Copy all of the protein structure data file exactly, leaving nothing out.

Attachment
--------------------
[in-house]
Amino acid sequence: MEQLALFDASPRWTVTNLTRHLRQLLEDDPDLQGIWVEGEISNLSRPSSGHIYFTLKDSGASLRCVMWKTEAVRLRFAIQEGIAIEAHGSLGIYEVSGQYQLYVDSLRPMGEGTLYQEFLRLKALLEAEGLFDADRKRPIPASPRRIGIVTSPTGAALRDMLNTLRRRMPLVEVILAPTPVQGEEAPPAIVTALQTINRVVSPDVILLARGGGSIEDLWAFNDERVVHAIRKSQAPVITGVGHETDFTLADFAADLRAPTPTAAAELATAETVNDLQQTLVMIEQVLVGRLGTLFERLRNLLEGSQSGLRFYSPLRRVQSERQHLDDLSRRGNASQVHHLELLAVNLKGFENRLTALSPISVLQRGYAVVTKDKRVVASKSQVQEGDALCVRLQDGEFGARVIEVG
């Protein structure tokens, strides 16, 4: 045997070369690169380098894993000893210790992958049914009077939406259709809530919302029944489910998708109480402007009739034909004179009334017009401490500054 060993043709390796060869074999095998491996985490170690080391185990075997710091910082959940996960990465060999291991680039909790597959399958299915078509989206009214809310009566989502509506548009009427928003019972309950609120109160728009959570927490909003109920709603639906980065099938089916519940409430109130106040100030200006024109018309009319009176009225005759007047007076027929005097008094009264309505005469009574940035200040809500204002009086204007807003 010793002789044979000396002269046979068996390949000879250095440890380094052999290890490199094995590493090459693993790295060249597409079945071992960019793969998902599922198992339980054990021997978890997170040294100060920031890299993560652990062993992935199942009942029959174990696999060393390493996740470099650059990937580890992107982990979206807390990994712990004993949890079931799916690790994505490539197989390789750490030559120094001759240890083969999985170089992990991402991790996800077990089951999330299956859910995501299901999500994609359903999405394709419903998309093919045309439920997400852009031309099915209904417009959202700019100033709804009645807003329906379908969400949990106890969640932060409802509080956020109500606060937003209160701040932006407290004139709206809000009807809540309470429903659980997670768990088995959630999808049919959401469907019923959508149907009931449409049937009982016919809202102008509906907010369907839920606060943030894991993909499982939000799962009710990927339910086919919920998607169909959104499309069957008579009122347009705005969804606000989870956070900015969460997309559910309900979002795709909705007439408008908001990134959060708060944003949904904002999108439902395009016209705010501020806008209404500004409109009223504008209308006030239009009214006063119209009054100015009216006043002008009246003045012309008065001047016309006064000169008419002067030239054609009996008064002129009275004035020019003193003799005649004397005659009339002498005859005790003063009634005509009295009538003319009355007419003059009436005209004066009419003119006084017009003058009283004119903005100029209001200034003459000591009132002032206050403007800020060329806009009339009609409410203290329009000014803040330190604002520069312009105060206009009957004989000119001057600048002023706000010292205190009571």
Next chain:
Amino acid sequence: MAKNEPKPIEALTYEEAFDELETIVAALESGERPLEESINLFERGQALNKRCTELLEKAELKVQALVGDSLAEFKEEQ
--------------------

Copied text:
[in-house]
Amino acid sequence: MEQLALFDASPRWTVTNLTRHLRQLLEDDPDLQGIWVEGEISNLSRPSSGHIYFTLKDSGASLRCVMWKTEAVRLRFAIQEGIAIEAHGSLGIYEVSGQYQLYVDSLRPMGEGTLYQEFLRLKALLEAEGLFDADRKRPIPASPRRIGIVTSPTGAALRDMLNTLRRRMPLVEVILAPTPVQGEEAPPAIVTALQTINRVVSPDVILLARGGGSIEDLWAFNDERVVHAIRKSQAPVITGVGHETDFTLADFAADLRAPTPTAAAELATAETVNDLQQTLVMIEQVLVGRLGTLFERLRNLLEGSQSGLRFYSPLRRVQSERQHLDDLSRRGNASQVHHLELLAVNLKGFENRLTALSPISVLQRGYAVVTKDKRVVASKSQVQEGDALCVRLQDGEFGARVIEVG
């Protein structure tokens, strides 16, 4: 045997070369690169380098894993000893210790992958049914009077939406259709809530919302029944489910998708109480402007009739034909004179009334017009401490500054 060993043709390796060869074999095998491996985490170690080391185990075997710091910082959940996960990465060999291991680039909790597959399958299915078509989206009214809310009566989502509506548009009427928003019972309950609120109160728009959570927490909003109920709603639906980065099938089916519940409430109130106040100030200006024109018309009319009176009225005759007047007076027929005097008094009264309505005469009574940035200040809500204002009086204007807003 010793002789044979000396002269046979068996390949000879250095440890380094052999290890490199094995590493090459693993790295060249597409079945071992960019793969998902599922198992339980054990021997978890997170040294100060920031890299993560652990062993992935199942009942029959174990696999060393390493996740470099650059990937580890992107982990979206807390990994712990004993949890079931799916690790994505490539197989390789750490030559120094001759240890083969999985170089992990991402991790996800077990089951999330299956859910995501299901999500994609359903999405394709419903998309093919045309439920997400852009031309099915209904417009959202700019100033709804009645807003329906379908969400949990106890969640932060409802509080956020109500606060937003209160701040932006407290004139709206809000009807809540309470429903659980997670768990088995959630999808049919959401469907019923959508149907009931449409049937009982016919809202102008509906907010369907839920606060943030894991993909499982939000799962009710990927339910086919919920998607169909959104499309069957008579009122347009705005969804606000989870956070900015969460997309559910309900979002795709909705007439408008908001990134959060708060944003949904904002999108439902395009016209705010501020806008209404500004409109009223504008209308006030239009009214006063119209009054100015009216006043002008009246003045012309008065001047016309006064000169008419002067030239054609009996008064002129009275004035020019003193003799005649004397005659009339002498005859005790003063009634005509009295009538003319009355007419003059009436005209004066009419003119006084017009003058009283004119903005100029209001200034003459000591009132002032206050403007800020060329806009009339009609409410203290329009000014803040330190604002520069312009105060206009009957004989000119001057600048002023706000010292205190009571």
Next chain:
Amino acid sequence: MAKNEPKPIEALTYEEAFDELETIVAALESGERPLEESINLFERGQALNKRCTELLEKAELKVQALVGDSLAEFKEEQ